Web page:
Our research analyses how evolution works. It focuses in particular on how social interactions among animals drive, or prevent, evolutionary change. We combine experimental evolution in the lab with observations and experiments in the field, mainly using burying beetles as our model species. This is a common British insect, which is unusual in providing elaborate parental care for its larvae. Our work asks: how does caring for offspring change the course of evolution? To answer this question we analyse how parents influence genetic and phenotypic diversity; we test whether parents are agents of natural selection; and we investigate whether parents can even promote speciation.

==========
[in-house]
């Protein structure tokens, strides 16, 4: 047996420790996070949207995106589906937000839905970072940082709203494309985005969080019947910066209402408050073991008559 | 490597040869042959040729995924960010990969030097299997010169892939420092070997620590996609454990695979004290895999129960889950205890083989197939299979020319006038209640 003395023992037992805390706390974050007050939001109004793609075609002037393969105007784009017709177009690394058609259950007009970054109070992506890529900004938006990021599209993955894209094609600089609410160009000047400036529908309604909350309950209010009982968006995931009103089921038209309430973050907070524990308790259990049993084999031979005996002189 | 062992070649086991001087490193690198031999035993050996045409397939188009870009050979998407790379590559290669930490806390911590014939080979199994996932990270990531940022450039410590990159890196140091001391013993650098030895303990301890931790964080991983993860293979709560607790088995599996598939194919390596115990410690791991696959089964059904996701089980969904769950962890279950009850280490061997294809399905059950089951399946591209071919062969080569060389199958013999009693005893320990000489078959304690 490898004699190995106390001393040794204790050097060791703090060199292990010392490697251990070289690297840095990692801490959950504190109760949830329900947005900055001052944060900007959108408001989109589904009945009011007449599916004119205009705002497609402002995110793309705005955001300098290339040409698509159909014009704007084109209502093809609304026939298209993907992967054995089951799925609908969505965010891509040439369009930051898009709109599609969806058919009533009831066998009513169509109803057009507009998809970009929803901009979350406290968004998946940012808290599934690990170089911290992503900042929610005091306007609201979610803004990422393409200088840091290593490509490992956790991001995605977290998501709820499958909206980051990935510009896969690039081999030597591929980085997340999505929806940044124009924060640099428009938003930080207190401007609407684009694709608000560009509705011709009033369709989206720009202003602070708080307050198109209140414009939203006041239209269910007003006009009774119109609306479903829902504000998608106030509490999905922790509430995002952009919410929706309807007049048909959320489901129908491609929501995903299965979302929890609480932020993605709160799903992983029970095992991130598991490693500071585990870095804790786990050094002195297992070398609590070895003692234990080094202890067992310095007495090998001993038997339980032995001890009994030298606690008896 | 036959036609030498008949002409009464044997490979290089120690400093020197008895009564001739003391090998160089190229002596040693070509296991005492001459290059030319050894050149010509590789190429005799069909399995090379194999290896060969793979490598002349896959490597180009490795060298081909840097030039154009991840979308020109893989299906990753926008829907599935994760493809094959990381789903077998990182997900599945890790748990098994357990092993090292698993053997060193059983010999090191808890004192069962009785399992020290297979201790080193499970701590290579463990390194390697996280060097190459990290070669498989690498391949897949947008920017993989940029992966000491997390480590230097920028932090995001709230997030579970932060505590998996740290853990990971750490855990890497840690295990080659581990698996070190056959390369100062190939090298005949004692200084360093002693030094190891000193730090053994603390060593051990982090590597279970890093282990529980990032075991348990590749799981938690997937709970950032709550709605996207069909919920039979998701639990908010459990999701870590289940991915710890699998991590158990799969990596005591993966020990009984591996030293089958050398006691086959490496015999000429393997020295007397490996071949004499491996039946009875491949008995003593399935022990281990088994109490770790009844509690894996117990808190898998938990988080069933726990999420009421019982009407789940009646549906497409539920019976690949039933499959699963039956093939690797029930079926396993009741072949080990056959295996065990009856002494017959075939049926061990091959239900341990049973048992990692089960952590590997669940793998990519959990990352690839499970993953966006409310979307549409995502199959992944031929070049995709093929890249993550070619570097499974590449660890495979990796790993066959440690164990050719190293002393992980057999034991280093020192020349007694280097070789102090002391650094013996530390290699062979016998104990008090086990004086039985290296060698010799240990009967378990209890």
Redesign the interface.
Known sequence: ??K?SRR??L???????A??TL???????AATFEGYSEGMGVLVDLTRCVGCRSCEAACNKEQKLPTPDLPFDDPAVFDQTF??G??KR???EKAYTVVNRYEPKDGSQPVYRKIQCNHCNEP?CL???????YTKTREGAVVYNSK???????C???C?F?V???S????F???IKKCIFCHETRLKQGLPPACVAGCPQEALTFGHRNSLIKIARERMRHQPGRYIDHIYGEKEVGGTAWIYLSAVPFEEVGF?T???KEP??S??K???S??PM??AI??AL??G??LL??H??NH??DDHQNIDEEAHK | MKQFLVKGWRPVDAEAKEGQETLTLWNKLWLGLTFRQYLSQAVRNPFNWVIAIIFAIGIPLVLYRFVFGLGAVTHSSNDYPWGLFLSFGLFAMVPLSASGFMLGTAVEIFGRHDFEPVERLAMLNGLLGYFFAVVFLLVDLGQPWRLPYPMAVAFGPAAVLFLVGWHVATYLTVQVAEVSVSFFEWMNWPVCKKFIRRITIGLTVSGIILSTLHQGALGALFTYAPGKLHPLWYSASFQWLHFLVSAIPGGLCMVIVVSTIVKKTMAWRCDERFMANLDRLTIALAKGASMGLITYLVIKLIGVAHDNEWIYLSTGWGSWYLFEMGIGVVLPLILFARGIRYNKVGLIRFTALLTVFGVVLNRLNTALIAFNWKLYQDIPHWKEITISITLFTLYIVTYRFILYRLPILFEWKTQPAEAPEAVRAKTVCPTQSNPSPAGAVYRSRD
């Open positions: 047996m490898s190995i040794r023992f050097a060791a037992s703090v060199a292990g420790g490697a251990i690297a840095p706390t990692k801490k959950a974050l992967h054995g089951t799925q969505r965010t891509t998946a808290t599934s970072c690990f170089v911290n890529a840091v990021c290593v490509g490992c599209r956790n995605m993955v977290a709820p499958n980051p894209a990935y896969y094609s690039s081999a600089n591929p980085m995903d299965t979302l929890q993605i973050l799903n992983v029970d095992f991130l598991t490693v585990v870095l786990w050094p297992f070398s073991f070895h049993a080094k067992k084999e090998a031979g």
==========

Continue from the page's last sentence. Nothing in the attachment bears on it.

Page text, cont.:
Two things have made a big difference in combining a career in science with family: a high level of domestic support, and the autonomy to control my day-to-day life. I’m very lucky to be well-supported at home, especially by my husband who contributes a lot to the running of the home even though he has a full-time job as well. Childcare is a team effort involving my parents and a nanny as well as me and my husband. I already had a lectureship when I had my sons, which meant I had the financial capacity to pay for a nanny and which gave me considerable control over the organisation of my working day.